Ian McKellen Writings

September, 1995 | Michael Barrymore Comes Out

The developing story of Michael Barrymore's coming out as a gay man has dominated the popular press this last week, understandably, as a very famous public image has been peeled aside to reveal an unexpected private life. The tabloids who righteously sniff out lies and hypocrisy are in this case somewhat at a loss because Barrymore can't be accused of lying - not any more - after all it's he who is doing the outing and not them. Also, they must tread carefully with the nation's affections for a uniquely popular entertainer.

The tabloids began the week in the role of unctuous, marriage-guidance counsellors, advising their client to come clean - "own up Michael: you'll feel better and we'll forgive" sort of thing. Then when they heard he had told the truth, although not to them but to a midnight radio show - and an avowedly gay one at that - the only cliché they could then come up with was to accuse Barrymore of "flaunting" his gayness. I smell professional jealousy.

In truth, Michael Barrymore's story is less sensational than it appears. Any lesbian and gay man will recognise most of it, from their own experience.

Coming Out goes by stages - short or protracted, depending on your circumstances and your temperament . The older though not necessarily wiser you are, the more tentative the later stages of coming out may be. I was 49 when I finally did it. Nigel Hawthorne, last year, was 65. Michael Barrymore is 43. These days, many young people take advantage of the increasingly relaxed view that society by and large takes of the lesbians and gays in its midst and are happy at the outset of their adult life to be honest about their homosexuality. Some even come out to their parents and schoolfriends at an age when the law would imprison them if they ever actually made love to someone of the same gender.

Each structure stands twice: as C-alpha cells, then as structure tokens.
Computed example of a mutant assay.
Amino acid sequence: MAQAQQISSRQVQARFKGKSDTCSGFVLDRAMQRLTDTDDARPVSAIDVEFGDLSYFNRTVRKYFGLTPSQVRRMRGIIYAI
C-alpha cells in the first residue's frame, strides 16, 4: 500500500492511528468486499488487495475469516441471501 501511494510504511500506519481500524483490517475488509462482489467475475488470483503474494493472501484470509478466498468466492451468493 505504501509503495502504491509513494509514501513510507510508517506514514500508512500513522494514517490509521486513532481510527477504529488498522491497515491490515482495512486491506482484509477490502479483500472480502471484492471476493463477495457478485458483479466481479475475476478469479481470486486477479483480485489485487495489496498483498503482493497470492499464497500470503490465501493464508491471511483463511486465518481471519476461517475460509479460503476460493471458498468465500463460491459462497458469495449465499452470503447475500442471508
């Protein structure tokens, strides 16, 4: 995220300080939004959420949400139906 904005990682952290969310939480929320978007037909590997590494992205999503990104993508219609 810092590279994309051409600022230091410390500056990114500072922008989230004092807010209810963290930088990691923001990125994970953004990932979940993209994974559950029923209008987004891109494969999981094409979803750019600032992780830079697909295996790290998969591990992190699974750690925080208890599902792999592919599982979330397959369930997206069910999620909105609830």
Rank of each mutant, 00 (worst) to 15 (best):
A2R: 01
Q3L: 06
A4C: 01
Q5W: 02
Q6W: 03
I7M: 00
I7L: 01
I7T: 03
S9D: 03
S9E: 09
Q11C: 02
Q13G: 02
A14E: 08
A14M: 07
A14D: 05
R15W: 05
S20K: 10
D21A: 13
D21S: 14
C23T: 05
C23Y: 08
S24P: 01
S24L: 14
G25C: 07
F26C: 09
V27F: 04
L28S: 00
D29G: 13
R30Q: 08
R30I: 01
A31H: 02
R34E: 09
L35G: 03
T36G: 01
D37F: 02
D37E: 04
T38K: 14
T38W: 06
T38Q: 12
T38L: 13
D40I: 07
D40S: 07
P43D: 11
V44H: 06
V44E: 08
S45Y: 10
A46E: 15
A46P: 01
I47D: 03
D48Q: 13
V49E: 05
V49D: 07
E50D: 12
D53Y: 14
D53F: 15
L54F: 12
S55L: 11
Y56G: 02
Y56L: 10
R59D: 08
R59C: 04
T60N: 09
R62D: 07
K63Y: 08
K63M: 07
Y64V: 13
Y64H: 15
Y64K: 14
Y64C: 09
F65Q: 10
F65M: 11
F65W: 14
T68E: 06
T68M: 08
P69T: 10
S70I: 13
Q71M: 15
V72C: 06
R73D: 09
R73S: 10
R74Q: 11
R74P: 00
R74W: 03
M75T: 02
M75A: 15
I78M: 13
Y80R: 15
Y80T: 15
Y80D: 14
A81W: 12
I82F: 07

You begin by coming out to yourself, accepting that despite society's near-overwhelming pressure on you to conform to the heterosexual pattern, you know you have always been gay and you want to live as nature and a little bit of nurture intended you to. The next stage, as your confidence increases, will be to tell someone else - from your friends, your family and, if you are at work, your colleagues, employer or employees. The journey, not always as painful as you fear, will not be complete, however, until there is no one in the world, whom you know or whom you are to meet, to whom you would ever lie.

If you are in the public eye, if you depend on the approval or the votes of strangers for a living - your coming out has an extra step to go. If honesty is your aim, you may no longer prevaricate with the public or the self-appointed surrogates of public opinion and a press statement or interview is almost obligatory to end the matter.

This need not be a lonely journey. En route, you can find growing numbers to support you. You read about famous gays past and present and take comfort from their example. There are Lesbian and Gay Helplines. If you are lucky, particularly if you live in a big city, you meet gay people and make friends with some of them. They tell you their coming out stories.

That's why Michael Barrymore, the master of the spontaneous this week, found it so congenial, so easy and so inevitable to take to the stage in an East End gay pub and tell the ecstatic audience that he was one of them. And again, his spur-of-the-moment decision to invite himself on the gay radio programme where he spoke candidly to the few thousand who were tuned in at 1.00 am, confirms that he has found new friends. The straight media may be baffled but gays understand. Coming out, whatever your age, is to start a new life, and to help you celebrate there are the open arms of travelers who have already arrived.

If it feels like that to you Michael, "Welcome".

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